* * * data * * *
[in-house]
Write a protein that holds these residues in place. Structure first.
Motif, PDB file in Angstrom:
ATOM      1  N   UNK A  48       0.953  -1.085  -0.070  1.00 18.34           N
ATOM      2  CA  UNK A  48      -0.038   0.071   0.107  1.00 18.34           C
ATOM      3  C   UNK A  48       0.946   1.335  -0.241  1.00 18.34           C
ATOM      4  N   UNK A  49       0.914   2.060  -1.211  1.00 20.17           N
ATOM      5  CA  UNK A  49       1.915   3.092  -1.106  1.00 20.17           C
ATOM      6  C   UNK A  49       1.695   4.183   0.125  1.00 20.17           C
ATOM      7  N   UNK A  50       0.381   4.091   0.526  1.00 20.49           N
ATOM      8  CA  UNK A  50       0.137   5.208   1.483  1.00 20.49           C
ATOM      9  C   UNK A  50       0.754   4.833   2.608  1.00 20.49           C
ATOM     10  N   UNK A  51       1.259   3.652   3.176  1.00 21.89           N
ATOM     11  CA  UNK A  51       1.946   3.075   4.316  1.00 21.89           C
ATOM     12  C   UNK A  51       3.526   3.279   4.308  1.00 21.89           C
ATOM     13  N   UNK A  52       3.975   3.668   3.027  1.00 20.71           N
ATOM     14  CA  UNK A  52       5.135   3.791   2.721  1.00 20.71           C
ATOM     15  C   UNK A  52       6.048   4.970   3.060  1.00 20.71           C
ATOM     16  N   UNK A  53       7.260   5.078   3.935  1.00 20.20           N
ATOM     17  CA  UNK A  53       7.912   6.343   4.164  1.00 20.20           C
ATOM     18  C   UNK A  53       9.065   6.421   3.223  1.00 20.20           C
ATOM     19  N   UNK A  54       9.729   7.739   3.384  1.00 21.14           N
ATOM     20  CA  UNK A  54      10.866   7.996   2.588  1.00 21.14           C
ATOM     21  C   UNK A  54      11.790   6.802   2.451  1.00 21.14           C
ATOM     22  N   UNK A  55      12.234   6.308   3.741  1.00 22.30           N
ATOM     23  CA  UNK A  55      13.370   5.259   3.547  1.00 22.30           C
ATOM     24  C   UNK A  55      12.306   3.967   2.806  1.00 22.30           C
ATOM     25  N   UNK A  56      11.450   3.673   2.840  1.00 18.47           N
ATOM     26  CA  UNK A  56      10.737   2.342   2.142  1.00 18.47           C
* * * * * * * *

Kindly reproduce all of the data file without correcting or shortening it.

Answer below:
[in-house]
Write a protein that holds these residues in place. Structure first.
Motif, PDB file in Angstrom:
ATOM      1  N   UNK A  48       0.953  -1.085  -0.070  1.00 18.34           N
ATOM      2  CA  UNK A  48      -0.038   0.071   0.107  1.00 18.34           C
ATOM      3  C   UNK A  48       0.946   1.335  -0.241  1.00 18.34           C
ATOM      4  N   UNK A  49       0.914   2.060  -1.211  1.00 20.17           N
ATOM      5  CA  UNK A  49       1.915   3.092  -1.106  1.00 20.17           C
ATOM      6  C   UNK A  49       1.695   4.183   0.125  1.00 20.17           C
ATOM      7  N   UNK A  50       0.381   4.091   0.526  1.00 20.49           N
ATOM      8  CA  UNK A  50       0.137   5.208   1.483  1.00 20.49           C
ATOM      9  C   UNK A  50       0.754   4.833   2.608  1.00 20.49           C
ATOM     10  N   UNK A  51       1.259   3.652   3.176  1.00 21.89           N
ATOM     11  CA  UNK A  51       1.946   3.075   4.316  1.00 21.89           C
ATOM     12  C   UNK A  51       3.526   3.279   4.308  1.00 21.89           C
ATOM     13  N   UNK A  52       3.975   3.668   3.027  1.00 20.71           N
ATOM     14  CA  UNK A  52       5.135   3.791   2.721  1.00 20.71           C
ATOM     15  C   UNK A  52       6.048   4.970   3.060  1.00 20.71           C
ATOM     16  N   UNK A  53       7.260   5.078   3.935  1.00 20.20           N
ATOM     17  CA  UNK A  53       7.912   6.343   4.164  1.00 20.20           C
ATOM     18  C   UNK A  53       9.065   6.421   3.223  1.00 20.20           C
ATOM     19  N   UNK A  54       9.729   7.739   3.384  1.00 21.14           N
ATOM     20  CA  UNK A  54      10.866   7.996   2.588  1.00 21.14           C
ATOM     21  C   UNK A  54      11.790   6.802   2.451  1.00 21.14           C
ATOM     22  N   UNK A  55      12.234   6.308   3.741  1.00 22.30           N
ATOM     23  CA  UNK A  55      13.370   5.259   3.547  1.00 22.30           C
ATOM     24  C   UNK A  55      12.306   3.967   2.806  1.00 22.30           C
ATOM     25  N   UNK A  56      11.450   3.673   2.840  1.00 18.47           N
ATOM     26  CA  UNK A  56      10.737   2.342   2.142  1.00 18.47           C